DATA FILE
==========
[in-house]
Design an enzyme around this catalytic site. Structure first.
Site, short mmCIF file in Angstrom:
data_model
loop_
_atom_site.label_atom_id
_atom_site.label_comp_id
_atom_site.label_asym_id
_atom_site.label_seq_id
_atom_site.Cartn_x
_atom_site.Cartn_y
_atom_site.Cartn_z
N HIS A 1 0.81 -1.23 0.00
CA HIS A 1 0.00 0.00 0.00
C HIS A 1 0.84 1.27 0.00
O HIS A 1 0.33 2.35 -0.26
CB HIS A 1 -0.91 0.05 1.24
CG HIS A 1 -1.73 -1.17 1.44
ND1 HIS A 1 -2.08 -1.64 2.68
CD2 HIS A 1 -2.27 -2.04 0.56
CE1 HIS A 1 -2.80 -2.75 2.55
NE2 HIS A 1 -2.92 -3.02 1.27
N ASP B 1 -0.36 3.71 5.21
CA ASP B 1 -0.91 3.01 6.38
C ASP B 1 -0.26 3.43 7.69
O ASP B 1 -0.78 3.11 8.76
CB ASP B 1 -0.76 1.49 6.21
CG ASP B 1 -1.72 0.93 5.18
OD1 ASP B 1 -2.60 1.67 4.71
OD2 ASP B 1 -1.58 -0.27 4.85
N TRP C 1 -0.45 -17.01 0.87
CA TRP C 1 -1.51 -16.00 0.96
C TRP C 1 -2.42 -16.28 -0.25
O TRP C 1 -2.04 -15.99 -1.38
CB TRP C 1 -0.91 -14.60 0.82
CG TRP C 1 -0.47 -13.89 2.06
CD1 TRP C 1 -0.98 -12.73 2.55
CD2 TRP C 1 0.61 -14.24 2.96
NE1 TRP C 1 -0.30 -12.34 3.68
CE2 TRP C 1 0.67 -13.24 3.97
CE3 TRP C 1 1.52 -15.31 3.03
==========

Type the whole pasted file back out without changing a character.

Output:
[in-house]
Design an enzyme around this catalytic site. Structure first.
Site, short mmCIF file in Angstrom:
data_model
loop_
_atom_site.label_atom_id
_atom_site.label_comp_id
_atom_site.label_asym_id
_atom_site.label_seq_id
_atom_site.Cartn_x
_atom_site.Cartn_y
_atom_site.Cartn_z
N HIS A 1 0.81 -1.23 0.00
CA HIS A 1 0.00 0.00 0.00
C HIS A 1 0.84 1.27 0.00
O HIS A 1 0.33 2.35 -0.26
CB HIS A 1 -0.91 0.05 1.24
CG HIS A 1 -1.73 -1.17 1.44
ND1 HIS A 1 -2.08 -1.64 2.68
CD2 HIS A 1 -2.27 -2.04 0.56
CE1 HIS A 1 -2.80 -2.75 2.55
NE2 HIS A 1 -2.92 -3.02 1.27
N ASP B 1 -0.36 3.71 5.21
CA ASP B 1 -0.91 3.01 6.38
C ASP B 1 -0.26 3.43 7.69
O ASP B 1 -0.78 3.11 8.76
CB ASP B 1 -0.76 1.49 6.21
CG ASP B 1 -1.72 0.93 5.18
OD1 ASP B 1 -2.60 1.67 4.71
OD2 ASP B 1 -1.58 -0.27 4.85
N TRP C 1 -0.45 -17.01 0.87
CA TRP C 1 -1.51 -16.00 0.96
C TRP C 1 -2.42 -16.28 -0.25
O TRP C 1 -2.04 -15.99 -1.38
CB TRP C 1 -0.91 -14.60 0.82
CG TRP C 1 -0.47 -13.89 2.06
CD1 TRP C 1 -0.98 -12.73 2.55
CD2 TRP C 1 0.61 -14.24 2.96
NE1 TRP C 1 -0.30 -12.34 3.68
CE2 TRP C 1 0.67 -13.24 3.97
CE3 TRP C 1 1.52 -15.31 3.03